In the first of a series of interviews with former Wasps and Worcester players, we've spoken to former Warrior, now Bristol Bears player Joe Batley about how he has found the last few months...
Firstly, how are you?
I’m a lot better now I have a job! All the stress of that has gone away, which is good. The commute is a bit of a pain I can’t lie, but I’ll be looking to move down to Bristol at some point so that’s good.
How have the last few months impacted on you, and your family?
It’s been massive, I don’t see them as much, which is obviously tough. There’s been tremendous change, we’re going to have to sell our house and stuff which is exhausting. But I’m just incredibly grateful to be still doing the job I love. The process of when Worcester was going under was obviously difficult because we didn't know what was going on really, until we had a feeling it was going to go wrong, but until it goes there, you have that hope, and it’s the hope that kills you, doesn’t it?
I’ve got a one-year-old, so my partner doesn’t work at the moment because she looks after him. We were looking to getting him into a nursery which is something we've had to put on hold because we didn't know where we're going to be. It stops my partner looking for a job because we’re now going to look to move house. It’s all been a lot but just thankful I now have employment and we go again.
What were your first thoughts and feelings when the liquidation of WRFC Players was confirmed?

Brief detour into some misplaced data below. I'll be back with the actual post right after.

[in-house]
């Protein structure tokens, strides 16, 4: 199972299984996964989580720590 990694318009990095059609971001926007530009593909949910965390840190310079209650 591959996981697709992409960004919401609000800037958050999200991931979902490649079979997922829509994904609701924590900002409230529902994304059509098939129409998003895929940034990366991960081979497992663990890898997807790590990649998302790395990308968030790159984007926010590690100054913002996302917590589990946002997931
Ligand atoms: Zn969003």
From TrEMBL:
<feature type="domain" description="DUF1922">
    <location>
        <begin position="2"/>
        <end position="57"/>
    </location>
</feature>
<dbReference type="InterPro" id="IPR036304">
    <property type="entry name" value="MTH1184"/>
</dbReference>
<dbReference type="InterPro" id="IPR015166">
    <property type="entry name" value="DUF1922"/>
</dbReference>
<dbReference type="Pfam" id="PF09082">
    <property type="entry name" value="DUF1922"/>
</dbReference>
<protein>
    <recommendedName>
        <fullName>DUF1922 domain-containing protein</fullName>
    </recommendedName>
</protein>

Pretty angry to be honest. Disappointed and upset too. I just felt like we got left out to dry a little as a group. Obviously, the writing was on the wall for quite a few months prior and obviously everyone got the wool pulled over their eyes by the owners.
However, at the same time, when things started becoming clear, even in July, which was a few months before it finished in October, I don't know what more could have been done, if anything, or what was going on behind the scenes. But it felt like as a group, we got left to fight it out for ourselves and it was a battle we were always going to lose.
How important has the RPA and your Development Manager been for you at this time?
The RPA have done their best. It’s tough for them when something like this happens, I mean it's tough when it happens to one club, but I can’t imagine how hard it’s been when it’s happened to two clubs. There are so many pieces, everyone’s lives get shattered into pieces, there are just so many things to pick up.
They’ve been amazing with helping us try and claim some money back through the government schemes and stuff like that which has been really good and supportive. And I see they have managed to help boys get employment with the portal they’ve done and keeping on top of the boys.
What were your initial emotions when you returned to Bristol Bears?
I was extremely happy and relieved to be picked up by Bristol and Pat Lam. It’s a dream come true. It's amazing to get paid to do the job that I love, but I can only go a couple of months, not being paid before I was up the creek without a paddle. I was relieved I was able to support my family.
Another important fact was I was familiar with being with Bristol previously and coaches that I have worked on previously, so that was obviously a massive plus for me as well and for it to be commutable so I can drive there and back every day, so for me to still have some family time was massively important as well.
There are a number of your former Worcester teammates with you at Bristol, how was that been for you?
It’s incredibly good. To see former Worcester teammates, get a gig and a chance to continue their career is amazing. And for then for me to continue to play alongside some of the boys and see them every day and watch their careers grow and flourish – it's been really positive and great. Plus, on a selfish note, it’s been helping with a load of driving to and from everywhere so that’s been good too!